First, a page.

Those debts are considerable:

Collectively, they owe as much as $4.7 million, the documents show, including one legislative aide who reported owing between $500,000 and $1 million. Generally, only senior or well-paid White House staff have to file financial disclosures, and they don’t have to report debt less than $10,000, meaning the total number of Biden’s aides with loan balances is certainly higher.

The gall on display here is astonishing. A few weeks ago, we learned that Representative Alexandria Ocasio-Cortez — who makes $174,000 per year and drives a Tesla — wants you to pay off the $17,000 she still owes in student debt. Now we learn that there are several AOCs within striking distance of the Oval Office. There’s a word for this sort of thing: Corruption.


The U.S. Is Entering a Severe Energy Crisis

Current gas prices are shown as they continue to rise in Carlsbad, Calif., March 7, 2022. (Mike Blake/Reuters)

The U.S. is entering a severe energy crisis, and the Biden administration is whistling past the graveyard.

JPMorgan commodities analyst Natasha Kaneva predicts a “cruel summer” ahead.

“With expectations of strong driving demand — traditionally, the U.S. summer driving season starts on Memorial Day, which lands this year on May 30, and lasts until Labor Day in early September — U.S. retail price could surge another 37% by August to a $6.20/gallon national average,” she wrote in her May 17 research note.

This morning, the national average gas price is $4.59 per gallon — yet another all-time record. The average price in the state of California is $6.06 per gallon. Because prices in California are usually a dollar to $1.50 more than the national average, if Kaneva’s projection is accurate, Californians will be paying $7 to $7.50 per gallon by August.

If gas hits $6 per gallon, there are a lot of U.S. households who will struggle to afford the gas they need to commute to their jobs.

You can’t fix this by blaming “greedflation.” You can’t fix this by blaming Vladimir Putin. You can’t fix this by releasing oil from the Strategic Petroleum Reserve – which, by the way, is at its lowest level since 1987. (The U.S. also ended the winter with the least natural gas in storage in three years.)

No, the only way you can get prices to come down is to increase the supply of refined gasoline getting to the gas stations, and the only way to do that is to increase refinery capacity. Oil producers are starting to increase capital expenditures – a 60 percent increase from the third quarter of 2021 to the fourth quarter. After a steep drop in early 2020 because of the pandemic, U.S. domestic oil production is increasing; the U.S produced 11.3 million barrels per day in February – the most recent month that Energy Information Administration figures are available –which is around the production levels of the first few months of 2019.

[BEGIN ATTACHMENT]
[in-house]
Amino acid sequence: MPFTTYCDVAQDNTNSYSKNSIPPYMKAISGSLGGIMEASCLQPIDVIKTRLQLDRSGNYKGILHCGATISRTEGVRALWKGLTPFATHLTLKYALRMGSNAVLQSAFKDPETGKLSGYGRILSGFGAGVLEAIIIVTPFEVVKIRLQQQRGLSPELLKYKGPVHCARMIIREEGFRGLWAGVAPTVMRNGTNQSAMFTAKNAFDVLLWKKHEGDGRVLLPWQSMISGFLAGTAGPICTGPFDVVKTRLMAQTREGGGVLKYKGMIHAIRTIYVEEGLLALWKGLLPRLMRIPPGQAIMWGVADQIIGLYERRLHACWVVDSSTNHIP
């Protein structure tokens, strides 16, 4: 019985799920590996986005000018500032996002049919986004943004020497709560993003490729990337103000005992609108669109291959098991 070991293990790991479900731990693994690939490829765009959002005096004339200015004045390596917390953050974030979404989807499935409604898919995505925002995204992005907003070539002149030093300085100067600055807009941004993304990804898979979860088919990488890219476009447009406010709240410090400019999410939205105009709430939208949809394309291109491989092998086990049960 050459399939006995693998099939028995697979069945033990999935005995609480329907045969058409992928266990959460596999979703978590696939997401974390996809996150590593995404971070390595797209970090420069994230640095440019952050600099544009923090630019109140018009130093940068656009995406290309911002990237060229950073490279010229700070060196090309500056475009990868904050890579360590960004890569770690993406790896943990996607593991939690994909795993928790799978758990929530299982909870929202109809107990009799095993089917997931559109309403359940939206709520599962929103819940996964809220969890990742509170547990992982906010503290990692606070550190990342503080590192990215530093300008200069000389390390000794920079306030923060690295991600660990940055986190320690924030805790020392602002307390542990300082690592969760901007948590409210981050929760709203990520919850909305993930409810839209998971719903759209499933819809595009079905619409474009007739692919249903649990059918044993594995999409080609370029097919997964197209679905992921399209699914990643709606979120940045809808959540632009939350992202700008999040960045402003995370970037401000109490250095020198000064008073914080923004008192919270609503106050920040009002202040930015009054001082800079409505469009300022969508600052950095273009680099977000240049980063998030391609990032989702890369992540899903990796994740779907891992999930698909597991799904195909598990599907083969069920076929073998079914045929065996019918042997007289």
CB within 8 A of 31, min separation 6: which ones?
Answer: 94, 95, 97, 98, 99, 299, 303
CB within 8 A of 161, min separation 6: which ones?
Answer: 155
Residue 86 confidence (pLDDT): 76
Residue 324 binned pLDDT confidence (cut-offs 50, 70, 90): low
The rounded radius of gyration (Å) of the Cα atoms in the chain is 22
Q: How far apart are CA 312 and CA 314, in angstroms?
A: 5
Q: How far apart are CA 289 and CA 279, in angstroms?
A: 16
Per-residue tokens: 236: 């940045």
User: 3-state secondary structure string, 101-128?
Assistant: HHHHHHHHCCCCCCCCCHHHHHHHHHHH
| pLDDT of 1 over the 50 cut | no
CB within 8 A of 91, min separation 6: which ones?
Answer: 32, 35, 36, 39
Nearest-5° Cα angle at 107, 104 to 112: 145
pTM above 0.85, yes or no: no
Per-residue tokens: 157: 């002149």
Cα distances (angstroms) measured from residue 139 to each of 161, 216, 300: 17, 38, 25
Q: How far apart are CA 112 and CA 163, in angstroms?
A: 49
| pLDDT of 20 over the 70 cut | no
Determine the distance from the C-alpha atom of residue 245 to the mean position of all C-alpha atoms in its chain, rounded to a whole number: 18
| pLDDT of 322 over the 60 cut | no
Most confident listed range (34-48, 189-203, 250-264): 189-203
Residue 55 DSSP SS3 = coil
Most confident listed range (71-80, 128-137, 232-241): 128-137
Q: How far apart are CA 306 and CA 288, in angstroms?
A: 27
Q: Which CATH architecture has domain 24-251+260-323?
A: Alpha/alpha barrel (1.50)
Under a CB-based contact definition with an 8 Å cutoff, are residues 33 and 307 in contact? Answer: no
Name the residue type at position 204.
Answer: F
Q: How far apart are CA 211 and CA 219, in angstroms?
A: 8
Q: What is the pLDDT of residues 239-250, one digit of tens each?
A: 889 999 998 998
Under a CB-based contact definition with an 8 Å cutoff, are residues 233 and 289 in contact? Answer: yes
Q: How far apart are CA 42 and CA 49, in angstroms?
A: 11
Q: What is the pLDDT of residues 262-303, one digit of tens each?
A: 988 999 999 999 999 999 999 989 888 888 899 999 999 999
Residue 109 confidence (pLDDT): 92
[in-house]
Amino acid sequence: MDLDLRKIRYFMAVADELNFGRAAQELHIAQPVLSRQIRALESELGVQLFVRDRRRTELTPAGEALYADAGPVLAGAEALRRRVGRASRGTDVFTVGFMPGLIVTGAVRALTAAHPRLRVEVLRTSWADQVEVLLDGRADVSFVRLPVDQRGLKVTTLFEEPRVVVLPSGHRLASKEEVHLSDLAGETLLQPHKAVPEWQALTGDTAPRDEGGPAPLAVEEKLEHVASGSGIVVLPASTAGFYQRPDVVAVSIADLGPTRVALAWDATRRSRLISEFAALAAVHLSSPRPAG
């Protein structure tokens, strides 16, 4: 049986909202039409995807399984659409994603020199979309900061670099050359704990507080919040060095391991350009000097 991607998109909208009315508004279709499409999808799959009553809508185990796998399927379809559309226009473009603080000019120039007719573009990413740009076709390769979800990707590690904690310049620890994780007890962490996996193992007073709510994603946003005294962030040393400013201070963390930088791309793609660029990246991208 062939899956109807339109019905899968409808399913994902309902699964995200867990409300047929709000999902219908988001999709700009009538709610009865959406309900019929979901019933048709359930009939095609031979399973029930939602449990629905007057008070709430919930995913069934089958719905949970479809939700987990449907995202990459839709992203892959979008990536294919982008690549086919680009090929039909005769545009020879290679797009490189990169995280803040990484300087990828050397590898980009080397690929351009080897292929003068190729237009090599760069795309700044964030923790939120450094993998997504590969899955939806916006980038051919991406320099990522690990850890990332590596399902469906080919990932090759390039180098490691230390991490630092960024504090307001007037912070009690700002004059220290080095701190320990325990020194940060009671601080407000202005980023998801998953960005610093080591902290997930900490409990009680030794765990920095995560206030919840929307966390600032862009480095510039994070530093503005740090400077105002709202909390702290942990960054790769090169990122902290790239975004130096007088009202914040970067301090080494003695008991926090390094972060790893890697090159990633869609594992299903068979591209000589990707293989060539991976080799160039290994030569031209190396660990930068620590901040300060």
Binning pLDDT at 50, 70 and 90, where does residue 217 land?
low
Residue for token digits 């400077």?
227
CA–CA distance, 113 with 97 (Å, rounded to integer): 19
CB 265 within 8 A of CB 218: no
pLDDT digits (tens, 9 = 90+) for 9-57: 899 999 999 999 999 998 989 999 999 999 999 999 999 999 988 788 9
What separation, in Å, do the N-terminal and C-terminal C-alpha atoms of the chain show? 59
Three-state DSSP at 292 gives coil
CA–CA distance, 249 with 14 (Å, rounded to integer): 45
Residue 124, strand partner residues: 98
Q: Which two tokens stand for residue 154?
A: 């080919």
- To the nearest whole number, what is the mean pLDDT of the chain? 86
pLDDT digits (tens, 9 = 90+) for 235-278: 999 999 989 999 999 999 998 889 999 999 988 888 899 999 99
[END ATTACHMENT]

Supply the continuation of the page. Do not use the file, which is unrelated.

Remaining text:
But none of that bigger supply of crude oil does anyone any good unless it runs through a refinery to get turned into gasoline or diesel fuel. A wise administration would be doing everything possible to expand capacity at existing refineries and to clear red tape obstructing the construction of new ones.

Alas, we do not have a wise administration.


Vangelis, R.I.P.

Photo of Vangelis ijn the 1970s. (Michael Ochs Archives/Getty Images)

Two pop-culture references seem to dog runners such as myself most. The more annoying one is when people shout, “Run, Forrest, Run!” at us as we trot along, alluding to the Tom Hanks Baby Boomer fantasia Forrest Gump. The other doesn’t even require words: Just some fake slow-mo combined with imitated piano and synth notes. It comes, of course, from 1981’s Chariots of Fire, which contains probably the most famous — and most-parodied — running scene in cinema history:

The man responsible for this gorgeous, inspiring, transcendent synth soundscape is the Greek musician and composer Evángelos Odysséas Papathanassíou, who died earlier this week at 79. In his professional career, he went simply by Vangelis. Starting out as a rock musician for such acts as Aphrodite’s Child, Vangelis hit his stride as a creator of film scores in the 1980s, in which he used an array of synthesizers to become a kind of orchestra unto himself.

Apart from Chariots of Fire, Vangelis’s best work was, I think, in Ridley Scott’s 1982 film Blade Runner. Scott turned to Vangelis to create the moody sonic backdrop of the film’s neo-noir atmosphere. Blade Runner is a wholly immersive work from its opening scenes; it wouldn’t be complete without Vangelis’s score guiding you in:

Scott and Vangelis sustain this tone throughout. Just listen to this and try not to imagine yourself alone in a skyscraper of some futuristic city at night, looking out the window at the chaos below and wondering what it all means:

Vangelis was not asked to return for Blade Runner 2049, Denis Villeneueve’s worthy 2017 sequel. He claimed to be okay with that. “You can never repeat certain things,” Vangelis told NPR in 2016. “It’s only once in a lifetime. It’s like doing another Chariots Of Fire. It’s impossible.”

His work is, indeed, unrepeatable. I’d argue, moreover, that it has transcended its 1980s milieu to achieve timeless status. R.I.P. to a virtuoso.